Friday, September 5, 2014

Whistleblower suits and notices of claim.

Practice point:  A party bringing a whistleblower claim, and seeking both legal and equitable remedies, must file a notice of claim pursuant to General Municipal Law §§ 50-e, 50-i, even though the Whistleblower Statute is not a tort statute and technically does not fall within the categories described in General Municipal Law § 50-i.  However, a plaintiff whose claim falls under the jurisdiction of General Municipal Law § 50-e, or other narrow statutory notice requirements, may pursue an equitable claim, including one for reinstatement, absent the notice of claim.

Student note: The Whistleblower Law forbids retaliatory personnel action by public employers against their employees who disclose to a governmental body information regarding violations of regulations that would present a specific danger to public health or safety, or about what the employee believes to be an improper governmental action, pursuant to Civil Service Law § 75-b[1][d]; [2][a]. A whistleblower claim may seek both monetary damages and equitable relief, including an injunction to restrain continued violation of the law; reinstatement to the same or equivalent position as before, with full fringe benefits and seniority rights; compensation for lost wages, benefits and other remuneration; and reasonable costs, disbursements and attorney's fees, pursuant to Civil Service Law § 75-b[3][c], referencing Labor Law § 740[5].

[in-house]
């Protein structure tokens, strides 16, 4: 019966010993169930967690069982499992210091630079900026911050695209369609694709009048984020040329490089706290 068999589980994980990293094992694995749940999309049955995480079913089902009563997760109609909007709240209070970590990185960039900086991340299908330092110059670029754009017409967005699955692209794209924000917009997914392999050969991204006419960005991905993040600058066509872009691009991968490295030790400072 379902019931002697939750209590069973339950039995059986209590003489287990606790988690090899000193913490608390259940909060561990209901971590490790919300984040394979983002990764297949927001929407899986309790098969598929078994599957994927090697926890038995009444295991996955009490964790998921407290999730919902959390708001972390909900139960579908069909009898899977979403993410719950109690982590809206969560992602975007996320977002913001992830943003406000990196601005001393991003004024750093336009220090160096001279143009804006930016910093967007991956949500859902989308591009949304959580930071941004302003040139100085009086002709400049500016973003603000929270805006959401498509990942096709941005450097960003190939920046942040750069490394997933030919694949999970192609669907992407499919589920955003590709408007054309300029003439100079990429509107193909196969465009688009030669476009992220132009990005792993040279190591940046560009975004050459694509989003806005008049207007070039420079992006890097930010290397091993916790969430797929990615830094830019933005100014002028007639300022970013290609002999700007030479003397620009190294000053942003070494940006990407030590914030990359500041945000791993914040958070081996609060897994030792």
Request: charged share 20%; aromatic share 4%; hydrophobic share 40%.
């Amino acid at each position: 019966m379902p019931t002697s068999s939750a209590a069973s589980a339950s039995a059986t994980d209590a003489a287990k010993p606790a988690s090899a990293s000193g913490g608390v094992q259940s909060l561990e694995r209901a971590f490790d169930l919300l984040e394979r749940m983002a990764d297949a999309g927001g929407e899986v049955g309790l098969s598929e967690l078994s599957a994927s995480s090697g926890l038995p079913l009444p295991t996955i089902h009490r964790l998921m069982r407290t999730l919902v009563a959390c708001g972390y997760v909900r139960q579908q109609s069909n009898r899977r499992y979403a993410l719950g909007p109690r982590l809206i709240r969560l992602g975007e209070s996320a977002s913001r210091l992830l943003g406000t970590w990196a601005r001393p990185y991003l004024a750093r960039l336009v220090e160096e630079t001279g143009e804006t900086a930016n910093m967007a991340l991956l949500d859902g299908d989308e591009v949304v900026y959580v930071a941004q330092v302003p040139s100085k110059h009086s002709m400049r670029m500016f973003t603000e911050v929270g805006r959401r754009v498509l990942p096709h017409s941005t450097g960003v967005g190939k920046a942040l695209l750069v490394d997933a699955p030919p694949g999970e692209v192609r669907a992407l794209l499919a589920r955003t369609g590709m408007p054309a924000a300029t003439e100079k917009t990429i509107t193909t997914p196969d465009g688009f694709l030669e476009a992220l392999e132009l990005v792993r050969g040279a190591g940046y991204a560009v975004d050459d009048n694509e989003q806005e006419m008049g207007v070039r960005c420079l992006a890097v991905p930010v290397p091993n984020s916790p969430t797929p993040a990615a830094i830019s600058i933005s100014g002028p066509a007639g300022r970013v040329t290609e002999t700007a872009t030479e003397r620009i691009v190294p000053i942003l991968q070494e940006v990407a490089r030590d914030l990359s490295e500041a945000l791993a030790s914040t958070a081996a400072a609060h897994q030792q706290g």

Case:  Rose v New York City Health & Hosps. Corp., NY Slip Op 06013 (1st Dept. 2014)

Here is the decision.

Monday's issue: The plaintiff's identifying the cause of the fall.